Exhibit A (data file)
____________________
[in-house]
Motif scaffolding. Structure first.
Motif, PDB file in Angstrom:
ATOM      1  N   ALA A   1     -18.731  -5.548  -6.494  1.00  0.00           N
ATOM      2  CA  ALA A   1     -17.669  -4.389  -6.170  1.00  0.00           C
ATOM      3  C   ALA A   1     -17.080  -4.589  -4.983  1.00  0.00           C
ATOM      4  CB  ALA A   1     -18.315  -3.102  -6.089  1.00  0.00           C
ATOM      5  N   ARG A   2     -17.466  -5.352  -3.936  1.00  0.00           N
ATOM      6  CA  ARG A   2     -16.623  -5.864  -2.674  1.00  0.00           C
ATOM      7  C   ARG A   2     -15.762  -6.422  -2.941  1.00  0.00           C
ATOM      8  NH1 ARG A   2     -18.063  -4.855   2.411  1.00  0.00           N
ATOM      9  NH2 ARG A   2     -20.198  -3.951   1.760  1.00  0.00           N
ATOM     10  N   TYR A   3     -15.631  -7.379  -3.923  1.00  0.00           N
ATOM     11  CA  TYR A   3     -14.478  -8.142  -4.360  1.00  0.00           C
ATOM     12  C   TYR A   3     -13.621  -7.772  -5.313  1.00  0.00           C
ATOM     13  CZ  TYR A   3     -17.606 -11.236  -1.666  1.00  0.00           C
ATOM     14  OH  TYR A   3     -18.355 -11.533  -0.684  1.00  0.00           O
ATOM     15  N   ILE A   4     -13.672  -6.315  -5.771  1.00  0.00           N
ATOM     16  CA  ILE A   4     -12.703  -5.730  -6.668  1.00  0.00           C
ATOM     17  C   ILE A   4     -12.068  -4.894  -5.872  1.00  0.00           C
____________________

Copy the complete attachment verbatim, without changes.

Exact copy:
[in-house]
Motif scaffolding. Structure first.
Motif, PDB file in Angstrom:
ATOM      1  N   ALA A   1     -18.731  -5.548  -6.494  1.00  0.00           N
ATOM      2  CA  ALA A   1     -17.669  -4.389  -6.170  1.00  0.00           C
ATOM      3  C   ALA A   1     -17.080  -4.589  -4.983  1.00  0.00           C
ATOM      4  CB  ALA A   1     -18.315  -3.102  -6.089  1.00  0.00           C
ATOM      5  N   ARG A   2     -17.466  -5.352  -3.936  1.00  0.00           N
ATOM      6  CA  ARG A   2     -16.623  -5.864  -2.674  1.00  0.00           C
ATOM      7  C   ARG A   2     -15.762  -6.422  -2.941  1.00  0.00           C
ATOM      8  NH1 ARG A   2     -18.063  -4.855   2.411  1.00  0.00           N
ATOM      9  NH2 ARG A   2     -20.198  -3.951   1.760  1.00  0.00           N
ATOM     10  N   TYR A   3     -15.631  -7.379  -3.923  1.00  0.00           N
ATOM     11  CA  TYR A   3     -14.478  -8.142  -4.360  1.00  0.00           C
ATOM     12  C   TYR A   3     -13.621  -7.772  -5.313  1.00  0.00           C
ATOM     13  CZ  TYR A   3     -17.606 -11.236  -1.666  1.00  0.00           C
ATOM     14  OH  TYR A   3     -18.355 -11.533  -0.684  1.00  0.00           O
ATOM     15  N   ILE A   4     -13.672  -6.315  -5.771  1.00  0.00           N
ATOM     16  CA  ILE A   4     -12.703  -5.730  -6.668  1.00  0.00           C
ATOM     17  C   ILE A   4     -12.068  -4.894  -5.872  1.00  0.00           C